5. Mario Edwards Jr., Florida State

The No. 1-ranked recruit of the 2012 class has lived up to the hype since his arrival at Florida State. Edwards has blossomed into a disruptive playmaker off the edge, exhibiting impressive strength, power and athleticism. In addition, Edwards shows a non-stop motor, which results in relentless effort and pursuit on running plays. As a pass rusher, Edwards relies on his superior effort, energy and strength to win on power moves off the corner. Although he will need to expand his repertoire at the next level, Edwards' effectiveness as a run-pass defender will earn him high marks from scouts in the fall.

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6. Markus Golden, Missouri

It's funny how Mizzou is rarely mentioned as a football powerhouse, but the Tigers consistently send dominant defensive linemen to the pros. From Aldon Smith and Sheldon Richardson to recent draftees Kony Ealy and Michael Sam, the scouts are flocking to Columbia, Mo., to uncover hidden gems on the front line. In 2014, all eyes will certainly be on Golden after he impressed scouts with his energy, effort and production as a disruptive playmaker for the Tigers. The 6-3, 260-pound former JUCO transfer has played multiple spots on defense (defensive end and linebacker), but projects as an ideal hybrid rusher at the next level due to his speed, quickness and athleticism. He displays active hands at the point of attack, yet is elusive and explosive off the edge. With a game that is tailor-made for the pros, Golden could be the hottest defensive end prospect in the 2015 class when it's all said and done.

7. Dante Fowler Jr., Florida

It's easy to fall in love with a talented defender who plays with maximum effort and energy on every play. That's why it was important for me to include Fowler on this list despite his middling production (3.5 sacks and 10 tackles for loss) in 2013. While those numbers certainly suggest that Fowler has the potential to blossom into a disruptive defender at the next level, he needs to put on more performances like his brilliant display against Tennessee (3 tackles, 1 sack, 3 tackles for loss and 2 forced fumbles) to earn high marks in draft rooms across the league. The buzz is already brewing based on his exceptional effort on tape, but he needs to add a little more production to build a strong case to be a top prospect by season's end.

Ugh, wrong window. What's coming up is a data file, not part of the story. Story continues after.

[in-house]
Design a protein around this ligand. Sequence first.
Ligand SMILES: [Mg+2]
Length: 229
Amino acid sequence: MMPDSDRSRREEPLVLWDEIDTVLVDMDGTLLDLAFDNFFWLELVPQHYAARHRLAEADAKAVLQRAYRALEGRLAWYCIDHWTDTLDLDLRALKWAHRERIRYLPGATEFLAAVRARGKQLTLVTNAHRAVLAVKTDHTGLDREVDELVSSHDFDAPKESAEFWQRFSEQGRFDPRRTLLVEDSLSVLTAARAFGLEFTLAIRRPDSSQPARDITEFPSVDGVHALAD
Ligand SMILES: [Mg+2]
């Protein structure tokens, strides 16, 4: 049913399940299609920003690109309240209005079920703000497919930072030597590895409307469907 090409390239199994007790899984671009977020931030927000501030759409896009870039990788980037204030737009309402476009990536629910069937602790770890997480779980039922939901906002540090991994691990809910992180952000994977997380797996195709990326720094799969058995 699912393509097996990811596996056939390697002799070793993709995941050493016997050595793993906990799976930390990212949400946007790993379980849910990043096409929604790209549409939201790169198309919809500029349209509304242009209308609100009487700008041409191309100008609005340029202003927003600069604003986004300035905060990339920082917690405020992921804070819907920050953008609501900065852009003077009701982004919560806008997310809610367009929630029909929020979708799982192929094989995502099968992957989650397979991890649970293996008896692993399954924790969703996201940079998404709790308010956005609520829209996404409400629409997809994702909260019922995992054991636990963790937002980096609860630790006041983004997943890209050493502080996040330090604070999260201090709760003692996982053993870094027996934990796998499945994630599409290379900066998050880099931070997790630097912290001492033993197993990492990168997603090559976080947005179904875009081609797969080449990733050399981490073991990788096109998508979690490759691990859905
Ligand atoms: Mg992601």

8. Noah Spence, Ohio State

The Big Ten runner-up in sacks is squarely on the radar of scouts searching for an athletic edge rusher with impressive speed and quickness. Spence shows terrific snap-count anticipation and first-step quickness, but is still unpolished as a rusher off the edge. He is still learning how to sequence his moves, but his impressive athleticism has allowed him to post solid production with a limited arsenal of pitches. If he can add a wrinkle or two to his game in the fall, Spence could be one of the most intriguing prospects to watch down the road.

Texas cheerleaders yell as their team arrives for the NCAA college football game against Oklahoma at the Cotton Bowl Saturday, Oct. 13, 2012, in Dallas. (AP Photo/Michael Mulvey)
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9. Cedric Reed, Texas

If scouts spot a young defensive end with athleticism, length and adequate strength, they will make a point to track his progress throughout his career. Reed certainly has earned a spot on most lists based on his imposing frame (6-6, 258 pounds) and impressive flashes of disruptive potential (10 sacks, 19 tackles for loss and 3 fumble recoveries in 2013). Although he is far from a finished product, he is the prototypical defensive end who plays for a long time in the NFL. Thus, he deserves a spot on this list as a "height-weight-speed" athlete with excellent potential.

10. Trey Flowers, Arkansas

It takes a while for long, gangly defensive ends to find their way as pass rushers, but NFL coaches and scouts are certainly willing to wait on impressive athletes that flash potential early in their careers. Flowers qualifies as a "wait-and-see" rusher based on his intriguing physical dimensions (6-4, 262 pounds) and modest production (5.0 sacks and 13.5 tackles for loss in 2013). Although his flashes are impressive enough to garner serious consideration, Flowers must display more consistency and production to earn a high spot on the list.

Follow Bucky Brooks on Twitter @BuckyBrooks.